The Scene: In a city with a raging dance music scene like Denver’s there are a lot of promoters and venues working to get their hand in on some of the action. One of the venues working to stake some claim is Casselman’s. The first few times I attended a show there I was underwhelmed by the small crowd sizes but I’ve always been pleasantly surprised by the sound system and the energy in the room. The audience was bigger than I’d seen before and it goes to show that Casselman’s plan to lure the mid-priced concert goer from Cervantes’ and The Ogden is working, albeit slowly. Given the tone and mellow mood of the tunes to come, I perched in a lounge chair fit for table service and sat back to relax and bask in the sound.
Thriftworks: This is the fourth time I’ve seen Thriftworks live since I discovered his music through friends in 2011. He seems perpetually stuck in the second opener slot, which is a shame since I believe he has got the production and performance talent better suited for small venue headlining events. His plodding rhythms and soundscapes are cavernous in both shape and color and were a nice lead in for the rest of the evening. Thriftworks deals mostly in low tempo melodic Hip-Hop and superbly utilizes the space that exists within his tortoise paced tunes. I’m always impressed by his sound design as he works up spiraling synths that stretch from floor to ceiling and back again. I was excited to see his visit to Red Rocks earlier this summer and a touring slot alongside Bassnectar has lead to more relevance. With that said, I will still continue to spread the word by suggesting friends and audiophiles listen to memorable tracks of his like “Greenie Beanies” and “In/Out Tongue.”
Lapalux: Given his association with Flying Lotus’ label Brainfeeder, I was excited to get to put a face to the name I have heard much about and see what the UK based producer would bring to the table. What transpired was more than I expected both visually and musically. He utilized a Trigger Finger MIDI controller to warp his beats in a way I’m not all that accustomed to. Rather than simply using it to launch clips of sound and add layers to his tracks he used the knobs to add various amounts of grain to sometimes glossy songs. Moving quickly from one genre to the next, Lapalux showcased a production style fitting of the Brainfeeder label and made me want to get home and grab as many of his albums as possible. One thing I’ve felt Casselman’s has lacked in the past is visual display. Lapalux outdid even the main act with his ethereal and dreamy symmetrical scenes.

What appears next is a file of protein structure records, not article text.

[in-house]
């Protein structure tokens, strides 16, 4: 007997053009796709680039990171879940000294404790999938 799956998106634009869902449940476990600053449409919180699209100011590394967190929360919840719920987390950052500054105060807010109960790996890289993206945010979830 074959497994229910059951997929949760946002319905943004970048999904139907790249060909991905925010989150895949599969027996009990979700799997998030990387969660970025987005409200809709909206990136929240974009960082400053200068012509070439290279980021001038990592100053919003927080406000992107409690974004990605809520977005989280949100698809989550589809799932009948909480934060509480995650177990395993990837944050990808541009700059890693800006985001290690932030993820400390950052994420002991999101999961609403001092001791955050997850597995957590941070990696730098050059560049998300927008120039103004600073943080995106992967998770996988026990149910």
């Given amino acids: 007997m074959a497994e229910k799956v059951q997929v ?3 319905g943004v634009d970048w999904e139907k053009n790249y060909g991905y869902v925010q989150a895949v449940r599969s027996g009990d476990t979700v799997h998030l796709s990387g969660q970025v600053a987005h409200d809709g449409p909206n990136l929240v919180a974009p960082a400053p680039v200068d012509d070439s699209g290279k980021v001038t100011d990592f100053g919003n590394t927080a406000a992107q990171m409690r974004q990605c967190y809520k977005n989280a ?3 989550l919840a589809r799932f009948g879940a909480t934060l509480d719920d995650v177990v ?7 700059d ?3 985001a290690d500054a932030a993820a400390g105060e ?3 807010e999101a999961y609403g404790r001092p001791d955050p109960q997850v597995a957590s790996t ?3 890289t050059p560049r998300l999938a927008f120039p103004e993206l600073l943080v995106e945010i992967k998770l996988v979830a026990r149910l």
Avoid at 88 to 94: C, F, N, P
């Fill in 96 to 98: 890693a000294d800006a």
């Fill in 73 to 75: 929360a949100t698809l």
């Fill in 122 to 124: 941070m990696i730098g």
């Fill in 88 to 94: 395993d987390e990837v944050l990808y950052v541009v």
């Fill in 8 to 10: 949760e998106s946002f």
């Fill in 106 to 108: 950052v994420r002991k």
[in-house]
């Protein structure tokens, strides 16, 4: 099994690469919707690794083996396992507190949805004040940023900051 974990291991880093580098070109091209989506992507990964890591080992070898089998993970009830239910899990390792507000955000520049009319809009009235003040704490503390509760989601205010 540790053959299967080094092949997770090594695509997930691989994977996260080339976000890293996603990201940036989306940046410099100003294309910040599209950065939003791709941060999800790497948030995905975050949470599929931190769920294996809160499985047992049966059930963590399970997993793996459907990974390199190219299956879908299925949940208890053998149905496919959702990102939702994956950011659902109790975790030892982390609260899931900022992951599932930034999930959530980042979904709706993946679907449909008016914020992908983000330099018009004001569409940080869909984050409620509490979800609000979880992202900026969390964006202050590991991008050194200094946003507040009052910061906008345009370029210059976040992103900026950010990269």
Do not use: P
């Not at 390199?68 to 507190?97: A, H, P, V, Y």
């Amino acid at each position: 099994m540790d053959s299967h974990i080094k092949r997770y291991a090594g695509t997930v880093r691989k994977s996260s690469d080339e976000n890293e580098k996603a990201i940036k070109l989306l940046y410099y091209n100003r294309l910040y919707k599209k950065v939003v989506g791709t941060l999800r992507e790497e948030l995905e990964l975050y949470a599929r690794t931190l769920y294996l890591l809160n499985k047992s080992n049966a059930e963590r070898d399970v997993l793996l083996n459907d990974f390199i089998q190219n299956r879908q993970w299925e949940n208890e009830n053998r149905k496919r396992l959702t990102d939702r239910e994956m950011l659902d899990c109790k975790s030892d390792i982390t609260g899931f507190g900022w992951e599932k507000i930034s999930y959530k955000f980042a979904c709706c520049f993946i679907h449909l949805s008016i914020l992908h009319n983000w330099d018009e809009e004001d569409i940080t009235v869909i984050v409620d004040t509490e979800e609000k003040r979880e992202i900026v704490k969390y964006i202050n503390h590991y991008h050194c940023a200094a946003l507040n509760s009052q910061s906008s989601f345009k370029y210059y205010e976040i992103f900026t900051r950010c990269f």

Nosaj Thing: L.A. based producer Jason Chung, better known by his backward first-name moniker, was the final act to take the stage for the night. Nosaj Thing has gained popularity in the Hip-Hop scene in recent years both as a producer of his own creations and also for collaborations with rappers Kid Cudi, Chance the Rapper and Kendrick Lamar. The aspect of his performance I’m always most impressed with is his ability to use his MPD32 MIDI controller like a virtuoso, displaying the talent of a guitarist you would shell out serious cash to see. To the uninitiated, and from the vantage point of the floor at Casselman’s, it’s difficult to dissect all that he’s doing on stage. Watching a YouTube video of a performance like the one from KEXP in Seattle (found here) gives you a better idea of all he accomplishes with his musical remote control.
Nosaj is currently touring in support of his release from early 2013 Home. The structure of his sound is built in dreamscapes and breathy pads meshed with complex and swinging rhythms and drum fills. “Eclipse/Blue,” “Try” and “Safe” all represented the new album well in the live format, but the stock visuals running behind him left something to be desired. I’m of the belief that you either try to dazzle and amaze with the lights, or you turn them off and let the sound speak for itself. With inspiring creations like his, Nosaj would probably be better served to kill the lights, set the ambience and provoke sonic imagery all it’s own. Either that or put a live feed of the work being done on the controller up on a screen so people can behold the mastery of his live digital instrumentation. While I appreciate the work Nosaj has created, I think the mellow moods created by his music make it a better fit for a great pair of headphones than a dance floor.
Stage Presence: B-
Set/Light Show: B-